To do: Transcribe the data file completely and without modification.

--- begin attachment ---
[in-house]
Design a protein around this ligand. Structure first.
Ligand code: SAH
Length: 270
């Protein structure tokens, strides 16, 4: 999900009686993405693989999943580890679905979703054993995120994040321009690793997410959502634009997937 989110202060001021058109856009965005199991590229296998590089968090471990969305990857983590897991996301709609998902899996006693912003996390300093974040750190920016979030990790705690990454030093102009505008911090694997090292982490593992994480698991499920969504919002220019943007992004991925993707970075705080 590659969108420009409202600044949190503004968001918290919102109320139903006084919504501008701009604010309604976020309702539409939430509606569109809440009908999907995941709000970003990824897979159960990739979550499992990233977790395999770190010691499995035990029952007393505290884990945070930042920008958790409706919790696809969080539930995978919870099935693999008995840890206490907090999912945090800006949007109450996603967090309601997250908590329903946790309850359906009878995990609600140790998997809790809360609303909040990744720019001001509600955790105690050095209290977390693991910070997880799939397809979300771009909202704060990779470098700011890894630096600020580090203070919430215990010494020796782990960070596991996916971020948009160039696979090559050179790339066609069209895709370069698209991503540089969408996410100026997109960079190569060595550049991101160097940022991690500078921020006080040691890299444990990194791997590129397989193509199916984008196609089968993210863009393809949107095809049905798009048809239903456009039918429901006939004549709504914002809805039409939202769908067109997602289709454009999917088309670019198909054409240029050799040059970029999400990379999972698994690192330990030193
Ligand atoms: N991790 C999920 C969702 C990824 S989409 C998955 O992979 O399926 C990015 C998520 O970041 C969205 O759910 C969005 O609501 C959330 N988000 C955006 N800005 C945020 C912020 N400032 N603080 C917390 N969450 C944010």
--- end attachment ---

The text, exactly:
[in-house]
Design a protein around this ligand. Structure first.
Ligand code: SAH
Length: 270
């Protein structure tokens, strides 16, 4: 999900009686993405693989999943580890679905979703054993995120994040321009690793997410959502634009997937 989110202060001021058109856009965005199991590229296998590089968090471990969305990857983590897991996301709609998902899996006693912003996390300093974040750190920016979030990790705690990454030093102009505008911090694997090292982490593992994480698991499920969504919002220019943007992004991925993707970075705080 590659969108420009409202600044949190503004968001918290919102109320139903006084919504501008701009604010309604976020309702539409939430509606569109809440009908999907995941709000970003990824897979159960990739979550499992990233977790395999770190010691499995035990029952007393505290884990945070930042920008958790409706919790696809969080539930995978919870099935693999008995840890206490907090999912945090800006949007109450996603967090309601997250908590329903946790309850359906009878995990609600140790998997809790809360609303909040990744720019001001509600955790105690050095209290977390693991910070997880799939397809979300771009909202704060990779470098700011890894630096600020580090203070919430215990010494020796782990960070596991996916971020948009160039696979090559050179790339066609069209895709370069698209991503540089969408996410100026997109960079190569060595550049991101160097940022991690500078921020006080040691890299444990990194791997590129397989193509199916984008196609089968993210863009393809949107095809049905798009048809239903456009039918429901006939004549709504914002809805039409939202769908067109997602289709454009999917088309670019198909054409240029050799040059970029999400990379999972698994690192330990030193
Ligand atoms: N991790 C999920 C969702 C990824 S989409 C998955 O992979 O399926 C990015 C998520 O970041 C969205 O759910 C969005 O609501 C959330 N988000 C955006 N800005 C945020 C912020 N400032 N603080 C917390 N969450 C944010």